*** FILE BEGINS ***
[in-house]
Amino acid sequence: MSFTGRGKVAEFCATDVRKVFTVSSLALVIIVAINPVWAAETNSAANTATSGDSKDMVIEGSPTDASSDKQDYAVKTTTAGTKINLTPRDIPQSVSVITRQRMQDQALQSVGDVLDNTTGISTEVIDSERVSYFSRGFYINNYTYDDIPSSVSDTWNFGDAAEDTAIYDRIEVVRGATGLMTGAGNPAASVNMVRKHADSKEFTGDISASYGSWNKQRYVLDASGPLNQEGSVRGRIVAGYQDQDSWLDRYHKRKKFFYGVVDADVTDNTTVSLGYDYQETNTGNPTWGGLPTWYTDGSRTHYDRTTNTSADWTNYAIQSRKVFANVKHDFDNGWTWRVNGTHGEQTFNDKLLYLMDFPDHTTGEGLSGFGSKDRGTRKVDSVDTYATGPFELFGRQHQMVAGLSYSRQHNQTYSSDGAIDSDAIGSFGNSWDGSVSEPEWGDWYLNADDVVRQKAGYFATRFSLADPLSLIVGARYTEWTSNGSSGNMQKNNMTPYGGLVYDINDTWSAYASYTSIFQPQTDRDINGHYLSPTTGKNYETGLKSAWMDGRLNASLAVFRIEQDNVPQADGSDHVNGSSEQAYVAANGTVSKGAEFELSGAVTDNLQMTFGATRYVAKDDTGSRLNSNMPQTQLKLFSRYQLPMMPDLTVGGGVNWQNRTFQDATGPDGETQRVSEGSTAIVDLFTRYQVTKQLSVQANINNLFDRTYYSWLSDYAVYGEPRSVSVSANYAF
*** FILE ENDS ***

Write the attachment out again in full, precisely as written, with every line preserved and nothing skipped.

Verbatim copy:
[in-house]
Amino acid sequence: MSFTGRGKVAEFCATDVRKVFTVSSLALVIIVAINPVWAAETNSAANTATSGDSKDMVIEGSPTDASSDKQDYAVKTTTAGTKINLTPRDIPQSVSVITRQRMQDQALQSVGDVLDNTTGISTEVIDSERVSYFSRGFYINNYTYDDIPSSVSDTWNFGDAAEDTAIYDRIEVVRGATGLMTGAGNPAASVNMVRKHADSKEFTGDISASYGSWNKQRYVLDASGPLNQEGSVRGRIVAGYQDQDSWLDRYHKRKKFFYGVVDADVTDNTTVSLGYDYQETNTGNPTWGGLPTWYTDGSRTHYDRTTNTSADWTNYAIQSRKVFANVKHDFDNGWTWRVNGTHGEQTFNDKLLYLMDFPDHTTGEGLSGFGSKDRGTRKVDSVDTYATGPFELFGRQHQMVAGLSYSRQHNQTYSSDGAIDSDAIGSFGNSWDGSVSEPEWGDWYLNADDVVRQKAGYFATRFSLADPLSLIVGARYTEWTSNGSSGNMQKNNMTPYGGLVYDINDTWSAYASYTSIFQPQTDRDINGHYLSPTTGKNYETGLKSAWMDGRLNASLAVFRIEQDNVPQADGSDHVNGSSEQAYVAANGTVSKGAEFELSGAVTDNLQMTFGATRYVAKDDTGSRLNSNMPQTQLKLFSRYQLPMMPDLTVGGGVNWQNRTFQDATGPDGETQRVSEGSTAIVDLFTRYQVTKQLSVQANINNLFDRTYYSWLSDYAVYGEPRSVSVSANYAF